The Cocktail Party Contrarian: The Fruit of a Father’s Labor
While we didn’t believe much of what Prince Harry accused his family of, there was something we felt his father, King Charles, should own: He raised Harry.
I have a friend whose parents met in a DP camp after World War II. Both were imprisoned in concentration camps, where all their immediate family members were killed. Together, they moved to New York, had three sons, and built a life.
Like many children of Holocaust survivors do, my friend could probably write a book about the myriad ways in which his parents’ childhood trauma affected their parenting and, therefore, him. He has the opposite instinct. “I don’t know,” he mused at a dinner party recently, “maybe it is just me — my parents definitely had their stuff, but I don’t have some grand lament about them. And if I did, I wouldn’t tell the world about it.”
The subject came up because the table had been discussing the new Prince Harry book. No one in our group had read it, or wanted to, but it was hard to ignore all the headlines. The press is certainly more interested in this story than is true of anyone I know, so many of the sordid details had already reached us.
From what we had absorbed, we agreed we weren’t persuaded by the prince. The consensus was that he and his wife were run-of-the-mill opportunists, motivated by greed and narcissism, and supported by victim culture and profit motive. Nothing new to see there. Yet while we didn’t believe much of what he accused his family of, there was something we felt his father, King Charles, should own: He raised Harry.
The grown man who makes his living whining about his family is the product of that family. That Harry is this kind of grown man reflects poorly on him, to be sure. His father couldn’t be said to have had nothing to do with it, however. Charles probably wasn’t the racist monster Harry wants everyone to believe he was, but he seemingly somehow failed to sufficiently model personal integrity and dignity, such that his son seems to be devoid of both.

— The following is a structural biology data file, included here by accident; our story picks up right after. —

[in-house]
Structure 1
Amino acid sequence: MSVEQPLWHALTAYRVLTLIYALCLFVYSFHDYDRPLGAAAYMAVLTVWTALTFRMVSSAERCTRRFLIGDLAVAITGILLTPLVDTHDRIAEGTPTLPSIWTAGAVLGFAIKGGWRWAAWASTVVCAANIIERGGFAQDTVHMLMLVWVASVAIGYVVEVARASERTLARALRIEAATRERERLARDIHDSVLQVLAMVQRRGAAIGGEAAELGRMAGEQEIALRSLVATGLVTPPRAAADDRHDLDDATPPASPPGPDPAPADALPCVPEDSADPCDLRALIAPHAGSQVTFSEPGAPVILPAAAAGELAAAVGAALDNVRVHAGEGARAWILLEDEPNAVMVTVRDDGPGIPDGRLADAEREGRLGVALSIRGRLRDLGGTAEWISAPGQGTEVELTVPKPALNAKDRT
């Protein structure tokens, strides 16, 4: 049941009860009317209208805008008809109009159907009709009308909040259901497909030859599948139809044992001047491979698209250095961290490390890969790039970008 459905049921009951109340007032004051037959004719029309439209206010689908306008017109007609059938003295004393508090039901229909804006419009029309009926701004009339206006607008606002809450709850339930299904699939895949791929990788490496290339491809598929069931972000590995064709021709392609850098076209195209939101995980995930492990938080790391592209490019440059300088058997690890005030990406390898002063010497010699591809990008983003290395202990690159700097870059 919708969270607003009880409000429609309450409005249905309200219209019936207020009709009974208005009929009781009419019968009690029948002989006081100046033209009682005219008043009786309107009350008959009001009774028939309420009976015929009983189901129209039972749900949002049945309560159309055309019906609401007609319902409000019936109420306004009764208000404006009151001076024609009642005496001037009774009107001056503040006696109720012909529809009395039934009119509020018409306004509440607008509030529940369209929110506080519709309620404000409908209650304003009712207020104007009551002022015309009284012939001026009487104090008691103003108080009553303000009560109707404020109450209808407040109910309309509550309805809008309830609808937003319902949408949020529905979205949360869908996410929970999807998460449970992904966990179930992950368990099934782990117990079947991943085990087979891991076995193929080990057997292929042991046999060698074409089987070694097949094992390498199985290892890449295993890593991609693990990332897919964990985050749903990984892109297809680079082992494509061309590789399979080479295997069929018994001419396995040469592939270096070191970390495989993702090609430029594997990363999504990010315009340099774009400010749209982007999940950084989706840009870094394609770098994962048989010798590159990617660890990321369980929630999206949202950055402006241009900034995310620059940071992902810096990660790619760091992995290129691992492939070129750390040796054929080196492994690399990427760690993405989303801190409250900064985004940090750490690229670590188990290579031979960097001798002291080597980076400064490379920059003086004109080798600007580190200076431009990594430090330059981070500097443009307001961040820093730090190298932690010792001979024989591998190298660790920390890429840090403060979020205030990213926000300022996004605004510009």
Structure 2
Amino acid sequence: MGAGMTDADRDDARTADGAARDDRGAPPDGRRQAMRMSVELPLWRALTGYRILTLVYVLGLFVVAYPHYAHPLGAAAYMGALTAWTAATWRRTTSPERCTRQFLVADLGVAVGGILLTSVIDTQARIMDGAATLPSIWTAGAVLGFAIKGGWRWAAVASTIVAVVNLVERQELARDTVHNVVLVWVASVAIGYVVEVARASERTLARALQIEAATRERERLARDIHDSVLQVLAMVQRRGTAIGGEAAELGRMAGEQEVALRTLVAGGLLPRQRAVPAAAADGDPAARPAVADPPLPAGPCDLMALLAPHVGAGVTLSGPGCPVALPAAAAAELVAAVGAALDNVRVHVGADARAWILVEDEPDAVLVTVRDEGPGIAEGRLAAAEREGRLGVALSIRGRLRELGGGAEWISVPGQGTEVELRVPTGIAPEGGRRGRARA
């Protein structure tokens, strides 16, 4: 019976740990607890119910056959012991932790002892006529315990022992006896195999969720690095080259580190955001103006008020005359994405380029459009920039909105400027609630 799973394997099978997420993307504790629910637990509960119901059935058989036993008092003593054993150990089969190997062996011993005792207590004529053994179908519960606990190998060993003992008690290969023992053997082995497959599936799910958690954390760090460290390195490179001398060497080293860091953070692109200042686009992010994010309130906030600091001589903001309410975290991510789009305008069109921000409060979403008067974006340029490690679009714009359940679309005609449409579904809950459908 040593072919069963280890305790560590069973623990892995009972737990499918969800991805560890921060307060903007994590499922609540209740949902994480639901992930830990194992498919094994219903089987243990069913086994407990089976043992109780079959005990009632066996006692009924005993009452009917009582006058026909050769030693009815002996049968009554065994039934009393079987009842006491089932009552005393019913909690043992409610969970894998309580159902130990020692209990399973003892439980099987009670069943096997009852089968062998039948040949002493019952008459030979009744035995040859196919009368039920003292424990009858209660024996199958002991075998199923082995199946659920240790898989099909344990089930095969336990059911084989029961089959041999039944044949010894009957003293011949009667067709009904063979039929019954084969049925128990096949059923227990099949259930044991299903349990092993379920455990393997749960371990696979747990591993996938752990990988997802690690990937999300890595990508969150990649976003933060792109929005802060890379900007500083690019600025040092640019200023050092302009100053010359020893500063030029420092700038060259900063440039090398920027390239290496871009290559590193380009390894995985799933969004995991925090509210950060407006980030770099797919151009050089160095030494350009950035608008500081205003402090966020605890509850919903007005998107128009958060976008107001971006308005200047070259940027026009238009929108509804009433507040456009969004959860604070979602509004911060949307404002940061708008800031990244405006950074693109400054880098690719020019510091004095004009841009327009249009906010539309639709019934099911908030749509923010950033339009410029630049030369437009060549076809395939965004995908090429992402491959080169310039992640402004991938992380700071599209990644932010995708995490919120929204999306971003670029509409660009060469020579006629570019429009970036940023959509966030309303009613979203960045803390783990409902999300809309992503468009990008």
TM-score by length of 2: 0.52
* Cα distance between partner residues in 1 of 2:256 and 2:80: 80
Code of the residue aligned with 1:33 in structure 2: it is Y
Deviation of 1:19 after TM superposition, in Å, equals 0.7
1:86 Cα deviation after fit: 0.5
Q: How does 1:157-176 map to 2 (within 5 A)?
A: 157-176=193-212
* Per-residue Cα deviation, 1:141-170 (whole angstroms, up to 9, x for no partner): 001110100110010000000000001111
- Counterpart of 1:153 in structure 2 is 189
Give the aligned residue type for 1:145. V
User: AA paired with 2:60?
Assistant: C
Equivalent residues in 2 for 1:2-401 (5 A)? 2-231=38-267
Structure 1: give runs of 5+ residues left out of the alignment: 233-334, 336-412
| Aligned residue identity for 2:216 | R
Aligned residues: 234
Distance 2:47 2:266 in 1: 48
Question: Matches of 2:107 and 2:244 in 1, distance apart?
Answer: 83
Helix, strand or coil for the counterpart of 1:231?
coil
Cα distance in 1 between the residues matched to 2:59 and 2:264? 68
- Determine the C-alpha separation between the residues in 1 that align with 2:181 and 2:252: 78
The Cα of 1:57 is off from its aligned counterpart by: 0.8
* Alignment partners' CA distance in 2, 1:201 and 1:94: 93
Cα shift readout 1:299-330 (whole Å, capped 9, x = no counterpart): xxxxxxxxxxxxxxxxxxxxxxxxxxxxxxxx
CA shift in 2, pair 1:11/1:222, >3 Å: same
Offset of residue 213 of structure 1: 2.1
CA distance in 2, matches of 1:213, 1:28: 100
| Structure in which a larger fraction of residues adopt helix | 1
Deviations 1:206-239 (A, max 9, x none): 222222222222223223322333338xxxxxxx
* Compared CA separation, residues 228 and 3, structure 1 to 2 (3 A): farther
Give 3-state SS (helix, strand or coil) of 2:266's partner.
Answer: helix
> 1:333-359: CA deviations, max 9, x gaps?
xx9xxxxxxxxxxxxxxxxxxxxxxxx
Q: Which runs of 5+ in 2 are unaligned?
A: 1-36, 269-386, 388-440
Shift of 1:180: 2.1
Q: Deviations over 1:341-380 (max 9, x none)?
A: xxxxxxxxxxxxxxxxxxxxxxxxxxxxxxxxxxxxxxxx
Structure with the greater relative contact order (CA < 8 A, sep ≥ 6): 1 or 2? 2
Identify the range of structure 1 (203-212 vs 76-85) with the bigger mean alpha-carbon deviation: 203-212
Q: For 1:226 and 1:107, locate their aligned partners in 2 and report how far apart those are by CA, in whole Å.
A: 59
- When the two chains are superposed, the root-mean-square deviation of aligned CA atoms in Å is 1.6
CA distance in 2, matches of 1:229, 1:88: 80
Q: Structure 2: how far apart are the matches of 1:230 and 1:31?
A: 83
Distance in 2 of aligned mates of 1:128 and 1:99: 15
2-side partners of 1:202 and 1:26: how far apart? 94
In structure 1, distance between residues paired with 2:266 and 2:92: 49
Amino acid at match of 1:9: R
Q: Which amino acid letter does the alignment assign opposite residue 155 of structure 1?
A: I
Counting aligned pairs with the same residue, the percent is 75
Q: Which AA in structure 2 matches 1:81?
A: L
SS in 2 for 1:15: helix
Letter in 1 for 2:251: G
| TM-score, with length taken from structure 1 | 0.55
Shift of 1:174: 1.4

The same is true of my friend at dinner, but in the reverse. He is, himself, the kind of person who wouldn’t think to attack his parents publicly or blame them for their human deficiencies. He is mature, and honorable. Although I have never met them, I imagine his parents are, too. I assign some of the credit for their son to them.
King Charles shouldn’t be worried that people around the globe who have been subjected to Harry for the last few years believe what he says. He should worry that we believe what we see — a grown man in arrested adolescence, lacking in self-awareness and dripping with entitlement. How did that happen?
After a certain age, everyone is responsible for his own actions. Harry’s choices are his own. Yet his character, which directs his choices, was built by a team. It is, in part, the fruit of his father’s labor, or lack thereof. King Charles can’t be thrilled with the outcome, or excused from his role in creating it.
Ms. Sugar is a writer and philanthropic consultant living in New York. She is married and has twin teenagers and an English Bulldog named Batman.